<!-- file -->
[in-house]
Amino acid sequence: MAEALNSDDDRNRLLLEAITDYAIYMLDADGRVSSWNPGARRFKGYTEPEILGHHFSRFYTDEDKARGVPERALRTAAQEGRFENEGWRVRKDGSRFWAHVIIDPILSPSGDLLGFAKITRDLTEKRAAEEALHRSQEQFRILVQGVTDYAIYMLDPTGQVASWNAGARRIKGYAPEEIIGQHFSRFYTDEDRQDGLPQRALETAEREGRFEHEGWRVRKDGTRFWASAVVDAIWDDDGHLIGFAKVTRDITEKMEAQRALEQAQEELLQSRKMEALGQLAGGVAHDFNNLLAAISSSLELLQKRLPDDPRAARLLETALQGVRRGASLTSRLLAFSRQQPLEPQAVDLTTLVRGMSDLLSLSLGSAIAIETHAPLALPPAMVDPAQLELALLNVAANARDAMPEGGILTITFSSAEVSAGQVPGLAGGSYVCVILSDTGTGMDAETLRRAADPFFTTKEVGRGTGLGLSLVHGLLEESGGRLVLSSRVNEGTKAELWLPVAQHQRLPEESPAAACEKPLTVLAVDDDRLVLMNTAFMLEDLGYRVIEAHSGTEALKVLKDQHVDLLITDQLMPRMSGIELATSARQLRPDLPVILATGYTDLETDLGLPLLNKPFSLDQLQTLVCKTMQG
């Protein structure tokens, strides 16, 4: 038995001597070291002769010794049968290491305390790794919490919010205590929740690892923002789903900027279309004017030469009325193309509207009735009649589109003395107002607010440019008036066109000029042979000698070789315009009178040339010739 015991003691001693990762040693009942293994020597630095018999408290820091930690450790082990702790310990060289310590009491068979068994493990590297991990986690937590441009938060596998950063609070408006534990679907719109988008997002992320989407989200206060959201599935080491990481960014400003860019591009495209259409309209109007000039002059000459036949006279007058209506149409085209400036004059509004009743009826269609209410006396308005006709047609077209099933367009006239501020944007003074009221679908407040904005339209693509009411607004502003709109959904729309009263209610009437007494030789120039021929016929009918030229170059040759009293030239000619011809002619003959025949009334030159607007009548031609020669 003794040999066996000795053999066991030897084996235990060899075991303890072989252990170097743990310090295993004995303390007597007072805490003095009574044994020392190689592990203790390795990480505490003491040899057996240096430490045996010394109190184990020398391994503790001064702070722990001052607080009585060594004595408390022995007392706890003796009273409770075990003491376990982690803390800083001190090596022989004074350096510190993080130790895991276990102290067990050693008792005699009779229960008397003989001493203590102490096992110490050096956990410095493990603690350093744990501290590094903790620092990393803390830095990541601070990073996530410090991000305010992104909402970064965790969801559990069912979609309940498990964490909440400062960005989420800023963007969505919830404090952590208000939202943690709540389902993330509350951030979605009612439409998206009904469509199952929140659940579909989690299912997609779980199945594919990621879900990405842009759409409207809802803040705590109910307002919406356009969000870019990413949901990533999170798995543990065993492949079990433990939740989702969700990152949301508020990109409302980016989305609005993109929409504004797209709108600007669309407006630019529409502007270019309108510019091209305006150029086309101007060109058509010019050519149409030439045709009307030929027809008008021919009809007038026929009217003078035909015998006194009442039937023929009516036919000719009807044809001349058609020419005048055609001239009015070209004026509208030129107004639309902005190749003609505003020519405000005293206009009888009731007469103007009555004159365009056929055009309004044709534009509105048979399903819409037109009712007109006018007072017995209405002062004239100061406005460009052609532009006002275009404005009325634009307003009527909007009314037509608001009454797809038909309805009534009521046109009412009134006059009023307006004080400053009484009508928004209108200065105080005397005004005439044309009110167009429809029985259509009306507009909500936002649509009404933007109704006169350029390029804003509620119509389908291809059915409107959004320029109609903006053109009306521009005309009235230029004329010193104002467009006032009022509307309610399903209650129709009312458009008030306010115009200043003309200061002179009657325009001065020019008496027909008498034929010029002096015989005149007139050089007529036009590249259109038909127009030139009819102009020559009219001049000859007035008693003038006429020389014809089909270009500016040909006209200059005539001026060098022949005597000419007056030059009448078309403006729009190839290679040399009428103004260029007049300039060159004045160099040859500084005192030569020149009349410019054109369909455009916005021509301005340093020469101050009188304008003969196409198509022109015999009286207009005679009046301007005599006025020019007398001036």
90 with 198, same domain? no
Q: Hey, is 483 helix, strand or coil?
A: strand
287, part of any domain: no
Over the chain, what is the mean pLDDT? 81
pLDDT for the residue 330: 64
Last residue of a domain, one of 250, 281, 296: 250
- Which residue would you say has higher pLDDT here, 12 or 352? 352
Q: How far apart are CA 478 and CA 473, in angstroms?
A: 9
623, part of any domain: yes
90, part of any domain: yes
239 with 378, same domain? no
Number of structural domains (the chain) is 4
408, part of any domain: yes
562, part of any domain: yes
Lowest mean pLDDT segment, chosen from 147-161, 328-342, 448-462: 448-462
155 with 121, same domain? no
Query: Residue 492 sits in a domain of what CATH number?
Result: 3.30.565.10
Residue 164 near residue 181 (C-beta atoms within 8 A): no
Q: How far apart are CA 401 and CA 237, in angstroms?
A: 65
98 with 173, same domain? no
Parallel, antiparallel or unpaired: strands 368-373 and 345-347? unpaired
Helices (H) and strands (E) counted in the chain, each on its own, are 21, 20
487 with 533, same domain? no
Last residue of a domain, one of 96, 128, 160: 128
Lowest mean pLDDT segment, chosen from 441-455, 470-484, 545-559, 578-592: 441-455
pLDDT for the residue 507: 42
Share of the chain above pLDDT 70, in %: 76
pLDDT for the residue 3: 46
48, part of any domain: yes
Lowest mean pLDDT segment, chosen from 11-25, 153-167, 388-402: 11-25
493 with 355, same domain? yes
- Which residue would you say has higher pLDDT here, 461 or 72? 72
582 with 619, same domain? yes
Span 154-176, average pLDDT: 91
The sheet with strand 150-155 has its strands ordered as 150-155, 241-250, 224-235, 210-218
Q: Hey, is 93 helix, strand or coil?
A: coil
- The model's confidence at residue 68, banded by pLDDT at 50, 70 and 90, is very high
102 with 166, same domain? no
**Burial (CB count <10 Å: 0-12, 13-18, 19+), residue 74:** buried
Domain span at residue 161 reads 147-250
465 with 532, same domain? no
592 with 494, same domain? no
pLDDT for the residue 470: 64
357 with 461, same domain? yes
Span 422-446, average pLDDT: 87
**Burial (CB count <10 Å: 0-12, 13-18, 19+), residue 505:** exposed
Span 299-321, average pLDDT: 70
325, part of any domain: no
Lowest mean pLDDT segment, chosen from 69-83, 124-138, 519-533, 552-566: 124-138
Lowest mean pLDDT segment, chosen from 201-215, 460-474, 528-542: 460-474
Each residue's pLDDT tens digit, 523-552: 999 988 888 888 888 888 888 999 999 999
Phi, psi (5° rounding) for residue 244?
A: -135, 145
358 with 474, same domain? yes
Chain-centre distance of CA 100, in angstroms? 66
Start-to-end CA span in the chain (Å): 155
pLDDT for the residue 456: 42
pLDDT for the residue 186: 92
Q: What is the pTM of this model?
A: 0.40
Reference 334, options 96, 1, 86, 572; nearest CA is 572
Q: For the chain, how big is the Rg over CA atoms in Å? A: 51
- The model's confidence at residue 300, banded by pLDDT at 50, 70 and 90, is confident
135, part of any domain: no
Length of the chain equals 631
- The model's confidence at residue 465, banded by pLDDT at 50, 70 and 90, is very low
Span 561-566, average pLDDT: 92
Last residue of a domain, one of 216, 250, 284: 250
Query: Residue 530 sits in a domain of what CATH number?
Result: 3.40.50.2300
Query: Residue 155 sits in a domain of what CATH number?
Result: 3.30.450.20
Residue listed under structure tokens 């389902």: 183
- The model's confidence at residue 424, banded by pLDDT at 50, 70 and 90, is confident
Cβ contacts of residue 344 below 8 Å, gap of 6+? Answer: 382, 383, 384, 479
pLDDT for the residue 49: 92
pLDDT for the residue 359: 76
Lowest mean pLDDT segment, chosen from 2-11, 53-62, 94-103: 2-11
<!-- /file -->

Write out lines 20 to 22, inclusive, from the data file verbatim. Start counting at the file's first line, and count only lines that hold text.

Lowest mean pLDDT segment, chosen from 147-161, 328-342, 448-462: 448-462
155 with 121, same domain? no
Query: Residue 492 sits in a domain of what CATH number?